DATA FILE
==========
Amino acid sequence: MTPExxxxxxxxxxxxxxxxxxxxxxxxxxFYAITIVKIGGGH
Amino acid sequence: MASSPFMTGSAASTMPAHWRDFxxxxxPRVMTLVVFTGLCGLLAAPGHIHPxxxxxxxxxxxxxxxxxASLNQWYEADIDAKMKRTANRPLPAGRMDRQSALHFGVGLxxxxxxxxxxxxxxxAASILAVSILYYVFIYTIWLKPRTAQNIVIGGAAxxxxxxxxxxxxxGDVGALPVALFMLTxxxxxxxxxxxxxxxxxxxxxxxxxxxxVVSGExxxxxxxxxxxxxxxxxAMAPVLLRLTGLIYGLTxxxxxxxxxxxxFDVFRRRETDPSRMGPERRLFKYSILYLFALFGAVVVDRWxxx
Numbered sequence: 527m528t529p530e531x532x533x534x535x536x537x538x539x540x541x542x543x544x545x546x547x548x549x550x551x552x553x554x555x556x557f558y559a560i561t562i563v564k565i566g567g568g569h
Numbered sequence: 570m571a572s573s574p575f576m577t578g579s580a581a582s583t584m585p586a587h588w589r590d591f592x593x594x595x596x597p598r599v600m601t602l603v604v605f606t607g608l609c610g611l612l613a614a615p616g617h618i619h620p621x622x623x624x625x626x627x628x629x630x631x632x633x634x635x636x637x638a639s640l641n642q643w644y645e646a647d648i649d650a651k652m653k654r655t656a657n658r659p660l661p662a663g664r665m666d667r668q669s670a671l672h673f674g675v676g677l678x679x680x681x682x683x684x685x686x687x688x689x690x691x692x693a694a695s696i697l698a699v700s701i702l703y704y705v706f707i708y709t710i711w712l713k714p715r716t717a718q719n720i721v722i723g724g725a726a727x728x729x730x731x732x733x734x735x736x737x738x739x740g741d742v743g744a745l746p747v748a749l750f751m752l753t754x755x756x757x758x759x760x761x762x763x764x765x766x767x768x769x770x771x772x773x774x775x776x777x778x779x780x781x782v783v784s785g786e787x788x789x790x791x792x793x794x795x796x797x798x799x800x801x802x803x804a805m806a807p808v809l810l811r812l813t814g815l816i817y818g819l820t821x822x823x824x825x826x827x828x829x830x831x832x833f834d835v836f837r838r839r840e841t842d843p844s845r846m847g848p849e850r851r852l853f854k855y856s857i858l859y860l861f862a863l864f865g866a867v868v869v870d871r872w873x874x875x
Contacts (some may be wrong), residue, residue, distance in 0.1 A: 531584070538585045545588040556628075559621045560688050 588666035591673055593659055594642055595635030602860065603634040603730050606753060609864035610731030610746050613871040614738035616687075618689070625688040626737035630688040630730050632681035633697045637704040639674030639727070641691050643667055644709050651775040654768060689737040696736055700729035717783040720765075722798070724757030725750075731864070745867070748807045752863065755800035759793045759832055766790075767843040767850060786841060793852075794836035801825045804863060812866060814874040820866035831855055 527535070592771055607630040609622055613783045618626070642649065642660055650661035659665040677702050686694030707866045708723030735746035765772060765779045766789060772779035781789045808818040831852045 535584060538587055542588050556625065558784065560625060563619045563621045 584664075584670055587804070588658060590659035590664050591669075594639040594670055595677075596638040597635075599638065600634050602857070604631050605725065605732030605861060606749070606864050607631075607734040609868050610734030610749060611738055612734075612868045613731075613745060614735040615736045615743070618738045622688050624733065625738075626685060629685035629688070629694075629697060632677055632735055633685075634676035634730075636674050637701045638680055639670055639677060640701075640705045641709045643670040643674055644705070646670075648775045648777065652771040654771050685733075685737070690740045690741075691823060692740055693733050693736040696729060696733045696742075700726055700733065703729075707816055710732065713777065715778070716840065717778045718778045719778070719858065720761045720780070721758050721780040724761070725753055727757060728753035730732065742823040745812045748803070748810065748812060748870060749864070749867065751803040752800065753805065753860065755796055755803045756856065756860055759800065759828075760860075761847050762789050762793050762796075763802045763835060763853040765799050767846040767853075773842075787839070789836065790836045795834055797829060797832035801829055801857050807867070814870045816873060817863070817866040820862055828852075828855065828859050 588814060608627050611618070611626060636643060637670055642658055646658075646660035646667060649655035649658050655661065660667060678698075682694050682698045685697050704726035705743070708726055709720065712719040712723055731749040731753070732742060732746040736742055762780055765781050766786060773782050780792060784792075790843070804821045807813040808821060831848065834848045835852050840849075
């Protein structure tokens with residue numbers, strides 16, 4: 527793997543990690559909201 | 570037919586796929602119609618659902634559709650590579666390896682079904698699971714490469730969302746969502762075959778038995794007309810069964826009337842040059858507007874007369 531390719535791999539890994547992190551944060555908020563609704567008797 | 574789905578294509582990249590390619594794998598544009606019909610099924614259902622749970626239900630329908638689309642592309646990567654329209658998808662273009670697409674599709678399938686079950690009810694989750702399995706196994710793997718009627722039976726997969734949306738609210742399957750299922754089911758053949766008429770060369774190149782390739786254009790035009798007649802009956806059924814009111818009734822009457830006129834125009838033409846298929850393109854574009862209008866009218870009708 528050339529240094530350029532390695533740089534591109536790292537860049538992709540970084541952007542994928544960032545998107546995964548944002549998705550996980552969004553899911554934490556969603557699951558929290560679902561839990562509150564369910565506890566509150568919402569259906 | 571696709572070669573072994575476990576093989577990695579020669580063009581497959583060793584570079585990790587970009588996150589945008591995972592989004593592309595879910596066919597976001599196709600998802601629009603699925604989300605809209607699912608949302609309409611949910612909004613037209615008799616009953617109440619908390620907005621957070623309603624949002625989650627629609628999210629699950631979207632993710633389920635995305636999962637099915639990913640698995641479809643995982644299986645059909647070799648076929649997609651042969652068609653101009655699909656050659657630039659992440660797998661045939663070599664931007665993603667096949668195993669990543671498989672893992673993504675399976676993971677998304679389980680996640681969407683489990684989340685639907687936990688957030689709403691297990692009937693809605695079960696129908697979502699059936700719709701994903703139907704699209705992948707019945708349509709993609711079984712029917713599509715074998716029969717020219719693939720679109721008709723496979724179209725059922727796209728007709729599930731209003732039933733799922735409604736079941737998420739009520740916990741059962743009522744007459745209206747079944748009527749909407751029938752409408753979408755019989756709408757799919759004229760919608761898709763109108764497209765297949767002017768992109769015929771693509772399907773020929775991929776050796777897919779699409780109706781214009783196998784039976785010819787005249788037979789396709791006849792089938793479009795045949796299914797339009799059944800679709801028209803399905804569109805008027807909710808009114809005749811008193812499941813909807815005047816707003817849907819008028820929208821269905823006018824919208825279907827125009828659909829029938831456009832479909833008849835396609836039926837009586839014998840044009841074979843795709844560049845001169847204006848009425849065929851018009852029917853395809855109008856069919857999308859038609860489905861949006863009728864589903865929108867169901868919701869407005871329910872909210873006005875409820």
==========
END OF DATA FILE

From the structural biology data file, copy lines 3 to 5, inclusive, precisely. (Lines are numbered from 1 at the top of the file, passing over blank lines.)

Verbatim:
Numbered sequence: 527m528t529p530e531x532x533x534x535x536x537x538x539x540x541x542x543x544x545x546x547x548x549x550x551x552x553x554x555x556x557f558y559a560i561t562i563v564k565i566g567g568g569h
Numbered sequence: 570m571a572s573s574p575f576m577t578g579s580a581a582s583t584m585p586a587h588w589r590d591f592x593x594x595x596x597p598r599v600m601t602l603v604v605f606t607g608l609c610g611l612l613a614a615p616g617h618i619h620p621x622x623x624x625x626x627x628x629x630x631x632x633x634x635x636x637x638a639s640l641n642q643w644y645e646a647d648i649d650a651k652m653k654r655t656a657n658r659p660l661p662a663g664r665m666d667r668q669s670a671l672h673f674g675v676g677l678x679x680x681x682x683x684x685x686x687x688x689x690x691x692x693a694a695s696i697l698a699v700s701i702l703y704y705v706f707i708y709t710i711w712l713k714p715r716t717a718q719n720i721v722i723g724g725a726a727x728x729x730x731x732x733x734x735x736x737x738x739x740g741d742v743g744a745l746p747v748a749l750f751m752l753t754x755x756x757x758x759x760x761x762x763x764x765x766x767x768x769x770x771x772x773x774x775x776x777x778x779x780x781x782v783v784s785g786e787x788x789x790x791x792x793x794x795x796x797x798x799x800x801x802x803x804a805m806a807p808v809l810l811r812l813t814g815l816i817y818g819l820t821x822x823x824x825x826x827x828x829x830x831x832x833f834d835v836f837r838r839r840e841t842d843p844s845r846m847g848p849e850r851r852l853f854k855y856s857i858l859y860l861f862a863l864f865g866a867v868v869v870d871r872w873x874x875x
Contacts (some may be wrong), residue, residue, distance in 0.1 A: 531584070538585045545588040556628075559621045560688050 588666035591673055593659055594642055595635030602860065603634040603730050606753060609864035610731030610746050613871040614738035616687075618689070625688040626737035630688040630730050632681035633697045637704040639674030639727070641691050643667055644709050651775040654768060689737040696736055700729035717783040720765075722798070724757030725750075731864070745867070748807045752863065755800035759793045759832055766790075767843040767850060786841060793852075794836035801825045804863060812866060814874040820866035831855055 527535070592771055607630040609622055613783045618626070642649065642660055650661035659665040677702050686694030707866045708723030735746035765772060765779045766789060772779035781789045808818040831852045 535584060538587055542588050556625065558784065560625060563619045563621045 584664075584670055587804070588658060590659035590664050591669075594639040594670055595677075596638040597635075599638065600634050602857070604631050605725065605732030605861060606749070606864050607631075607734040609868050610734030610749060611738055612734075612868045613731075613745060614735040615736045615743070618738045622688050624733065625738075626685060629685035629688070629694075629697060632677055632735055633685075634676035634730075636674050637701045638680055639670055639677060640701075640705045641709045643670040643674055644705070646670075648775045648777065652771040654771050685733075685737070690740045690741075691823060692740055693733050693736040696729060696733045696742075700726055700733065703729075707816055710732065713777065715778070716840065717778045718778045719778070719858065720761045720780070721758050721780040724761070725753055727757060728753035730732065742823040745812045748803070748810065748812060748870060749864070749867065751803040752800065753805065753860065755796055755803045756856065756860055759800065759828075760860075761847050762789050762793050762796075763802045763835060763853040765799050767846040767853075773842075787839070789836065790836045795834055797829060797832035801829055801857050807867070814870045816873060817863070817866040820862055828852075828855065828859050 588814060608627050611618070611626060636643060637670055642658055646658075646660035646667060649655035649658050655661065660667060678698075682694050682698045685697050704726035705743070708726055709720065712719040712723055731749040731753070732742060732746040736742055762780055765781050766786060773782050780792060784792075790843070804821045807813040808821060831848065834848045835852050840849075